Invasive plants are varieties of non-native plants that can grow uncontrollably and choke out local plant varieties. There are several varieties of invasive plants found in Sleepy Hollow:

Japanese Knot Weed

Japanese Knot Weed

Japanese Knot Weed Grove in Douglas Park

Japanese Knot Weed Grove in Douglas Park

This Japanese Knot Weed grove in Douglas Park is more than 100 ft. long and 50 ft. wide. For reference, the man pictured is 5’9″.

According to the World Conservation Union, Japanese Knotweed is one of the “World’s Worst Invasive Alien Species.” Because of its underground stems and roots, known as rhizomes, it can be quite difficult to eliminate. Communities have been trying to control its spread through careful cutting and herbicide application, but some are also experimenting with releasing insects that feed on Japanese Knotweed. Check out the Japanese Knotweed Alliance for more information on this invasive plant and methods for controlling it.

Mugwort Plant

Mugwort Grove in Douglas Park

This Mugwort grove  in Douglas Park is approximately 200 ft. long; it is west of the playground and disappears into the forest.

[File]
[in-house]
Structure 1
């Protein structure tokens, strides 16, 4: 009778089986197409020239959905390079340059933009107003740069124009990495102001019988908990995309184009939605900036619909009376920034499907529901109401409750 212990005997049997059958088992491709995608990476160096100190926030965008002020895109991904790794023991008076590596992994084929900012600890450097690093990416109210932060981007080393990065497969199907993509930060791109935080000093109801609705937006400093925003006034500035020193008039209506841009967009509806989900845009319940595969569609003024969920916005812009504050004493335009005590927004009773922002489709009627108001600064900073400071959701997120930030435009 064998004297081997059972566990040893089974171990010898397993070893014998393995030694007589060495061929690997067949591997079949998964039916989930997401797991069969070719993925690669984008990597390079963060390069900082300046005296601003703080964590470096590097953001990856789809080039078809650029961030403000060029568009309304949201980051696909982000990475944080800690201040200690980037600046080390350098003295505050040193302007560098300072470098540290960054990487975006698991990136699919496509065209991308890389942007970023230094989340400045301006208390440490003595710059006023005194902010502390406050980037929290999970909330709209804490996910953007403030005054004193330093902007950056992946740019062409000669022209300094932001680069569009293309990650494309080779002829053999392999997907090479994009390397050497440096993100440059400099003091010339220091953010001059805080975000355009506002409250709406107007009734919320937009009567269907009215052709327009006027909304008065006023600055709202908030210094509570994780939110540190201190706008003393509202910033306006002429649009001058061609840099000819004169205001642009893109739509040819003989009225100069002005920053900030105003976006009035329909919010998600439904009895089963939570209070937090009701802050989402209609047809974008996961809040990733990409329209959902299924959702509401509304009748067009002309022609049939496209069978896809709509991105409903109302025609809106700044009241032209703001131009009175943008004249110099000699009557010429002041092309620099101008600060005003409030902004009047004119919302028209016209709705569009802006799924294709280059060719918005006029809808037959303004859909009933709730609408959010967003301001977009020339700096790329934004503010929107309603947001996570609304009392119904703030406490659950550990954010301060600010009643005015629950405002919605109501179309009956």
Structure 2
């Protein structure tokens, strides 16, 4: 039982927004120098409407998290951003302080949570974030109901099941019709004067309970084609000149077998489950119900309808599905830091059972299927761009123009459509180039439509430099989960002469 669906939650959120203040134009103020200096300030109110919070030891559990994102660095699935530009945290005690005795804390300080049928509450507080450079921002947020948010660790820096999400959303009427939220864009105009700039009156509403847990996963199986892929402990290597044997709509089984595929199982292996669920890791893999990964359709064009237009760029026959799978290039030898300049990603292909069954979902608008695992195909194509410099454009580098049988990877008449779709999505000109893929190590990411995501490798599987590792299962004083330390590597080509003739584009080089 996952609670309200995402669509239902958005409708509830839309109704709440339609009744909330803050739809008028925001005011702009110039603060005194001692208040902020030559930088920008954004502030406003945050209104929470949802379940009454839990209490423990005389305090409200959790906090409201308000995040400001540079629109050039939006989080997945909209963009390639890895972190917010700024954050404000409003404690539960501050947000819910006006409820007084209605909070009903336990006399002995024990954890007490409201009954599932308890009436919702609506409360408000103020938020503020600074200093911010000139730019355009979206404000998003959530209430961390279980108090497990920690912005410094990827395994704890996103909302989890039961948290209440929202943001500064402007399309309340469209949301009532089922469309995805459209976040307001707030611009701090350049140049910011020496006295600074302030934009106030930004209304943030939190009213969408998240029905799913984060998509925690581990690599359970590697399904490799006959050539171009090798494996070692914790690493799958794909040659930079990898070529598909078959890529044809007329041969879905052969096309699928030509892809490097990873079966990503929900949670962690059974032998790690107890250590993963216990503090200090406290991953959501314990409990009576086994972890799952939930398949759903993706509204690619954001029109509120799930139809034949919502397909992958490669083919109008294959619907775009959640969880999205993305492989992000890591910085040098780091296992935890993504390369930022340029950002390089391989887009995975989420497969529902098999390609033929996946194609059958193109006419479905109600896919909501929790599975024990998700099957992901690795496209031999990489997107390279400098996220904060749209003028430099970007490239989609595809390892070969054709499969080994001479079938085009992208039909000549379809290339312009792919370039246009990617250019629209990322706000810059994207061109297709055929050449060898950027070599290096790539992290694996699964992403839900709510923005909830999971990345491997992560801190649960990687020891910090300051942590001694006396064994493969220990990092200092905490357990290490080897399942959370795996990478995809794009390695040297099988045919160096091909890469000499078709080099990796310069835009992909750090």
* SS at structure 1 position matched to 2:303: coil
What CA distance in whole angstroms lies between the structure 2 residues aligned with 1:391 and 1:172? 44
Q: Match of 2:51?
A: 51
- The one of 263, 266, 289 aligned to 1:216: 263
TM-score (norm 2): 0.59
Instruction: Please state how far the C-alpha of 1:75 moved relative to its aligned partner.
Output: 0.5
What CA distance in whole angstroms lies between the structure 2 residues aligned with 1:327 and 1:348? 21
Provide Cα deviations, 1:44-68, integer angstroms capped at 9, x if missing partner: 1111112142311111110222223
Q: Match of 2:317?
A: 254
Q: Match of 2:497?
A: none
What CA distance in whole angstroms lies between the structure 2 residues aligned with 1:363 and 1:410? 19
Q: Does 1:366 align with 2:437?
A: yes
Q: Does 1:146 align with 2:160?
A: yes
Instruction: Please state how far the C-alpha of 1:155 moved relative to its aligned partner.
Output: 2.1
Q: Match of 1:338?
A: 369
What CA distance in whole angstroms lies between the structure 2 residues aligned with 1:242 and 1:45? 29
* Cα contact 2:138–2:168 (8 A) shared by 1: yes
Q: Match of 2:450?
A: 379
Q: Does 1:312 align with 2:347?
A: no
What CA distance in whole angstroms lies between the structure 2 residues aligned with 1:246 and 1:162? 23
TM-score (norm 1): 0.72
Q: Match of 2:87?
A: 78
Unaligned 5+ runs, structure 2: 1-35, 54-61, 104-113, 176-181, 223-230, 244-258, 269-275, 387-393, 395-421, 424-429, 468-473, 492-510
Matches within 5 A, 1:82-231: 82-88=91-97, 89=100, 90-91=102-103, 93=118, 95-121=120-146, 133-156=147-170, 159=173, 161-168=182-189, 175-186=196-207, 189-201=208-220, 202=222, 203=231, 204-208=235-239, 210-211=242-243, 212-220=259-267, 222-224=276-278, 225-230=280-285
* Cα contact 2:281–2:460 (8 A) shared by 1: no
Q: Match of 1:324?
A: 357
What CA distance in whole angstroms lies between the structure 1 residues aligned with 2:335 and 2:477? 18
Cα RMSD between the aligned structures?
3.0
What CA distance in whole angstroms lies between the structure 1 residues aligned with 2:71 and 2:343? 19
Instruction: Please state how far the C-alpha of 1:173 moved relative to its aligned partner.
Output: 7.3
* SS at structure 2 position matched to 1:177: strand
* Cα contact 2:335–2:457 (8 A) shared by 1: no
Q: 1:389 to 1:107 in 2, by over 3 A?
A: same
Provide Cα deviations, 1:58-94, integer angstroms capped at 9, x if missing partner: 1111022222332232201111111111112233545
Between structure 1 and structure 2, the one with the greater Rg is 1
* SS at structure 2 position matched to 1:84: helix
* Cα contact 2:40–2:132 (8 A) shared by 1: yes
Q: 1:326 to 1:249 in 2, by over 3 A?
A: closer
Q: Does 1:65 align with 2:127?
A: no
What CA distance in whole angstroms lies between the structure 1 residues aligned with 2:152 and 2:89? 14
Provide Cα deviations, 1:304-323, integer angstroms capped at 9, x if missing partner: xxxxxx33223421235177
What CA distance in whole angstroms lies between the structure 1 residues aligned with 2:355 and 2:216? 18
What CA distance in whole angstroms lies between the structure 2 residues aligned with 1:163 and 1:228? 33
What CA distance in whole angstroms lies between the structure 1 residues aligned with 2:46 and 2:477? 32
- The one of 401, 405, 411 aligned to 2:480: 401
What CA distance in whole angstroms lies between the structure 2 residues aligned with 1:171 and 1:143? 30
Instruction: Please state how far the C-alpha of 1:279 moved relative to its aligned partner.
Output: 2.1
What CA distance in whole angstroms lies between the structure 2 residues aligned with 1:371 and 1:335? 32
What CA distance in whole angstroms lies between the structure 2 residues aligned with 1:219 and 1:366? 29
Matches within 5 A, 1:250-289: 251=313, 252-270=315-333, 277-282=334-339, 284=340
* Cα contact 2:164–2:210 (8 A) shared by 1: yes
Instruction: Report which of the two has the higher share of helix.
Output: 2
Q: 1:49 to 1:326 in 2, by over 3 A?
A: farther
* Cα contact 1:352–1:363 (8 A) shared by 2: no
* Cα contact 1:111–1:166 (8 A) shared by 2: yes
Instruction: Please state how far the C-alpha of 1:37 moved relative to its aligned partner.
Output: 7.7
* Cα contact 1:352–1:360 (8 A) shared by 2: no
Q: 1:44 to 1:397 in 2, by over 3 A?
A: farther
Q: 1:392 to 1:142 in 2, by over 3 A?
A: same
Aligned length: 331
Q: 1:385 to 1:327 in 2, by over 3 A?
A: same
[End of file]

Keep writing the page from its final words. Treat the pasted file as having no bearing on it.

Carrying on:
Asian Stilt Grass

Asian Stilt Grass in Douglas Park

Asian Stilt Grass can be found along the trail in Douglas Park and was brought there via landfill.

Photos by Barbara Carr

Please click the links below for factsheets about other local invasives: 

  The Town of Mount Pleasant Conservation Advisory Council is pleased to provide you with its newly compiled Native Plant Resource Guide (see attachment).  This guide consists of 13 pages covering native plants recommended for the TriState area, including plants that are deer resistant, that are edible fruiting trees and shrubs, that attract birds, including hummingbirds, and butterflies, for sunny and shady rain gardens, for erosion control, for salt tolerance, for bio-retention and vegetative swales, for dry soil, for limestone soils, and for wetlands-riparian areas.  It also lists the prohibited and regulated invasive species, and covers native herbaceous flowering perennials, trees, shrubs, vines, groundcovers, grasses, ferns, wildflowers, and herbaceous plants and small trees.
   Please feel free to share this guide with interested friends, gardeners, organizations and community members to promote native habitats for a healthier ecosystem.
   Happy planting!


Japanese Barberry


From the Native Plant Center at Westchester Community College:

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